Iraqi intelligence services sent a message to the various countries making up the US-led coalition against ISIS last Thursday, warning that the jihadist group intends to carry out attacks on their home soil.
The next day the warnings came true, as Paris was hit by its deadliest attack since World War II.
Associated Press reports that according to the Iraqi dispatch, Abu Bakr al-Baghdadi, the leader of ISIS, had ordered "bombings or assassinations or hostage taking in the coming days," against coalition countries, as well as Iran and Russia.
French security officials have not denied that they received a warning, but explained that they get similar messages "all the time."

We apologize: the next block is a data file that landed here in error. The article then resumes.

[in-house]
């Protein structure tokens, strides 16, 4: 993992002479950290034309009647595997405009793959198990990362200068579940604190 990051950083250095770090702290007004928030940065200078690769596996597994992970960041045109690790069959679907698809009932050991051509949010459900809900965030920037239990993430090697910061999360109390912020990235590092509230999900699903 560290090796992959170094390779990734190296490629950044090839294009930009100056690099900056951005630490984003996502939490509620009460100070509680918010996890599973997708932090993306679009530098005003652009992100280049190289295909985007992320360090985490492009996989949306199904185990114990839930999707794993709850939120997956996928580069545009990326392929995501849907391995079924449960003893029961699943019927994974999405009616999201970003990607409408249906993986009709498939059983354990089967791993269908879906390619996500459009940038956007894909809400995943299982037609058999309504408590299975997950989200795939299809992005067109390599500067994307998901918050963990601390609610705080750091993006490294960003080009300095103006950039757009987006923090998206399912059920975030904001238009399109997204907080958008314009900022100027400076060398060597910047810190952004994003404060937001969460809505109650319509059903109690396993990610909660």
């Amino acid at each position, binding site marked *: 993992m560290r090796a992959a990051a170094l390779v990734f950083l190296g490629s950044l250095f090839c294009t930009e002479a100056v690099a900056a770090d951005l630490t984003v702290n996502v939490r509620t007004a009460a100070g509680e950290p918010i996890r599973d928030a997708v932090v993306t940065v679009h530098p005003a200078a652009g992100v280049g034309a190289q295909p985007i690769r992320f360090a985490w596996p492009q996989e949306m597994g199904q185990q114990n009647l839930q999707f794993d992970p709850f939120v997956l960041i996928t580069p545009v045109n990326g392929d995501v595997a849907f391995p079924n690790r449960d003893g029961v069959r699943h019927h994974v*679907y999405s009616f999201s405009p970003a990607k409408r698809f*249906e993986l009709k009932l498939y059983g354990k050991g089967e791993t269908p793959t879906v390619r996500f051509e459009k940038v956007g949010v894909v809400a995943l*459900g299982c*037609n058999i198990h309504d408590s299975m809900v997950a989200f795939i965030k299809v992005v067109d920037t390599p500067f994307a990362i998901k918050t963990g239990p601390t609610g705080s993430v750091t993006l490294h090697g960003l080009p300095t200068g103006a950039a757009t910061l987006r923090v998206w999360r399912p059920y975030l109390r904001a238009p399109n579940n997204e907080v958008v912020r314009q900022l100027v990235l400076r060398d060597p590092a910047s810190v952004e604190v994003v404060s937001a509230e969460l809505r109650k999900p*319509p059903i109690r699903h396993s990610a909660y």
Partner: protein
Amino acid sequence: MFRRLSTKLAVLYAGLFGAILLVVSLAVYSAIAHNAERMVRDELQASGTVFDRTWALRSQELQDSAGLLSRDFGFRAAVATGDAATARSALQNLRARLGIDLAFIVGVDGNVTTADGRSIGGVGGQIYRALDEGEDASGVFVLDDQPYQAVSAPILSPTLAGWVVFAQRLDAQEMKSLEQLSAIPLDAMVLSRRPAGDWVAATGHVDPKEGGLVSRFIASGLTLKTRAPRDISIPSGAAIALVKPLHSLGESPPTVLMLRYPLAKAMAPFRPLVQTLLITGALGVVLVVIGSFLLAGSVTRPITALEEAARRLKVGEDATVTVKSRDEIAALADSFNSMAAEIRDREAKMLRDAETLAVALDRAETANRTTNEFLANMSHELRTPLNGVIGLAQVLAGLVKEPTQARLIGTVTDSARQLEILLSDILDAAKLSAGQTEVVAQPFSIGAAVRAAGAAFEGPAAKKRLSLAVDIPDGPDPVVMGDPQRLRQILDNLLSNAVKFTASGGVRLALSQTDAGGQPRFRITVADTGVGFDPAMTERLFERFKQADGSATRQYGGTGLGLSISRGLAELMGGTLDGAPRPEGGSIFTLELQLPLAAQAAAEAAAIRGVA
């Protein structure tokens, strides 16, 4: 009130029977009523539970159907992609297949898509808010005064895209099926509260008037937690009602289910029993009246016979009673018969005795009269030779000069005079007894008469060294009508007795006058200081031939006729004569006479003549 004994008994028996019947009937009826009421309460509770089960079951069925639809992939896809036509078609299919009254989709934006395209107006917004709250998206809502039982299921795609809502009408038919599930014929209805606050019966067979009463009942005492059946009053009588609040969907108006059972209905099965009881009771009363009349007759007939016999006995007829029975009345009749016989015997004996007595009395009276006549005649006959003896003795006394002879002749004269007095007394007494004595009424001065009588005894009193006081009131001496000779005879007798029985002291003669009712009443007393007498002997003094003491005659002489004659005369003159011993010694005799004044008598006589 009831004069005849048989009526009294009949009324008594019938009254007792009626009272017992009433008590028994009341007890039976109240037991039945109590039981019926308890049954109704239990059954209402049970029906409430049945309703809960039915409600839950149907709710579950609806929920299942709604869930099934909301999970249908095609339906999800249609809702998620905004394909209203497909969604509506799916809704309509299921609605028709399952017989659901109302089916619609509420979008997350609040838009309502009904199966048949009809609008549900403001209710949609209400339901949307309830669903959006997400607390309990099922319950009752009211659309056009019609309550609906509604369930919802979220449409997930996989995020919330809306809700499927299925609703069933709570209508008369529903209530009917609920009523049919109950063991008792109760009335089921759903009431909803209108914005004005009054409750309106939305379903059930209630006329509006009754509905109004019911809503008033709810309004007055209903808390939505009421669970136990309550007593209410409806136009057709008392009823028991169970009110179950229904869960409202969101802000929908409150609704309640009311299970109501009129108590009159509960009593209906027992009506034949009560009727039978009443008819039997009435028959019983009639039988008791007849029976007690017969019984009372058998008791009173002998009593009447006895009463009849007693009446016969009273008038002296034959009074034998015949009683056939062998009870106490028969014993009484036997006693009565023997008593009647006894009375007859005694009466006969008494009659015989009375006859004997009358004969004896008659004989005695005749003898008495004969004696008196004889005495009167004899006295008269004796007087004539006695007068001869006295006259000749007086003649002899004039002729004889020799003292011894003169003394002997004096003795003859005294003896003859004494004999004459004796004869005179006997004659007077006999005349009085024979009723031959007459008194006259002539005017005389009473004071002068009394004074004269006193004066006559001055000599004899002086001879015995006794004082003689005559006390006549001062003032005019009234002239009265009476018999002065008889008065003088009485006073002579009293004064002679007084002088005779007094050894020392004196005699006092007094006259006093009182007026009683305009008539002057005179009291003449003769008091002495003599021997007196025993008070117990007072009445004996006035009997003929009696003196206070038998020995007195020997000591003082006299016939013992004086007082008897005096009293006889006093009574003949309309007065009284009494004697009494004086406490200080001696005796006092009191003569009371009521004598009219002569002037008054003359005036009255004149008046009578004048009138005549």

However, four senior Iraqi intelligence officials said that they specifically warned France of the danger. The Associated Press said that two of these officials informed France that the an attack had been planned in the Syrian city of Raqqa, ISIS's effective capital, and that the attackers then traveled to France and received assistance from a local sleeper cell.
A total of 24 people took part in the actual attack – 19 attackers and five more for planning and logistics.
European officials say that eight terrorists were responsible. Seven blew themselves up during the course of the evening, while a manhunt is underway for the eighth.